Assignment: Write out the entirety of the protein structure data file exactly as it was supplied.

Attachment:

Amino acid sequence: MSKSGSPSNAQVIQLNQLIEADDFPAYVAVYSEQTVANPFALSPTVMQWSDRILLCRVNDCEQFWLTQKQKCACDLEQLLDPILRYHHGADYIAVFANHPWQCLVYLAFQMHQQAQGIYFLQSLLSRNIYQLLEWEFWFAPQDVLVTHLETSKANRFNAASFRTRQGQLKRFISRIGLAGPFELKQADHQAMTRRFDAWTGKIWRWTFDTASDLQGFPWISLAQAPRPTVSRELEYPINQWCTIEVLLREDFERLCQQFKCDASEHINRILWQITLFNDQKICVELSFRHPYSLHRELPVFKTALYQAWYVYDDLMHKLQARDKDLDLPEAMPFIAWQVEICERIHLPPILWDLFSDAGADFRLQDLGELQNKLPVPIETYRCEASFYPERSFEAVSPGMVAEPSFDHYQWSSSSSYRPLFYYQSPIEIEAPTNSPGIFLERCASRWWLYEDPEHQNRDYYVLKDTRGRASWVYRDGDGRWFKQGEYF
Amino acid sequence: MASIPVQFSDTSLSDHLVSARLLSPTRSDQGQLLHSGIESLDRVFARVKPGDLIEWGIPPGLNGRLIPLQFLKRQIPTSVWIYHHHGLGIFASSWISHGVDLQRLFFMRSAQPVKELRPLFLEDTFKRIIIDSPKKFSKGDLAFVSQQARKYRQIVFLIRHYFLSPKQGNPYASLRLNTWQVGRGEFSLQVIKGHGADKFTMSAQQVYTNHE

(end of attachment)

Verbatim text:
Amino acid sequence: MSKSGSPSNAQVIQLNQLIEADDFPAYVAVYSEQTVANPFALSPTVMQWSDRILLCRVNDCEQFWLTQKQKCACDLEQLLDPILRYHHGADYIAVFANHPWQCLVYLAFQMHQQAQGIYFLQSLLSRNIYQLLEWEFWFAPQDVLVTHLETSKANRFNAASFRTRQGQLKRFISRIGLAGPFELKQADHQAMTRRFDAWTGKIWRWTFDTASDLQGFPWISLAQAPRPTVSRELEYPINQWCTIEVLLREDFERLCQQFKCDASEHINRILWQITLFNDQKICVELSFRHPYSLHRELPVFKTALYQAWYVYDDLMHKLQARDKDLDLPEAMPFIAWQVEICERIHLPPILWDLFSDAGADFRLQDLGELQNKLPVPIETYRCEASFYPERSFEAVSPGMVAEPSFDHYQWSSSSSYRPLFYYQSPIEIEAPTNSPGIFLERCASRWWLYEDPEHQNRDYYVLKDTRGRASWVYRDGDGRWFKQGEYF
Amino acid sequence: MASIPVQFSDTSLSDHLVSARLLSPTRSDQGQLLHSGIESLDRVFARVKPGDLIEWGIPPGLNGRLIPLQFLKRQIPTSVWIYHHHGLGIFASSWISHGVDLQRLFFMRSAQPVKELRPLFLEDTFKRIIIDSPKKFSKGDLAFVSQQARKYRQIVFLIRHYFLSPKQGNPYASLRLNTWQVGRGEFSLQVIKGHGADKFTMSAQQVYTNHE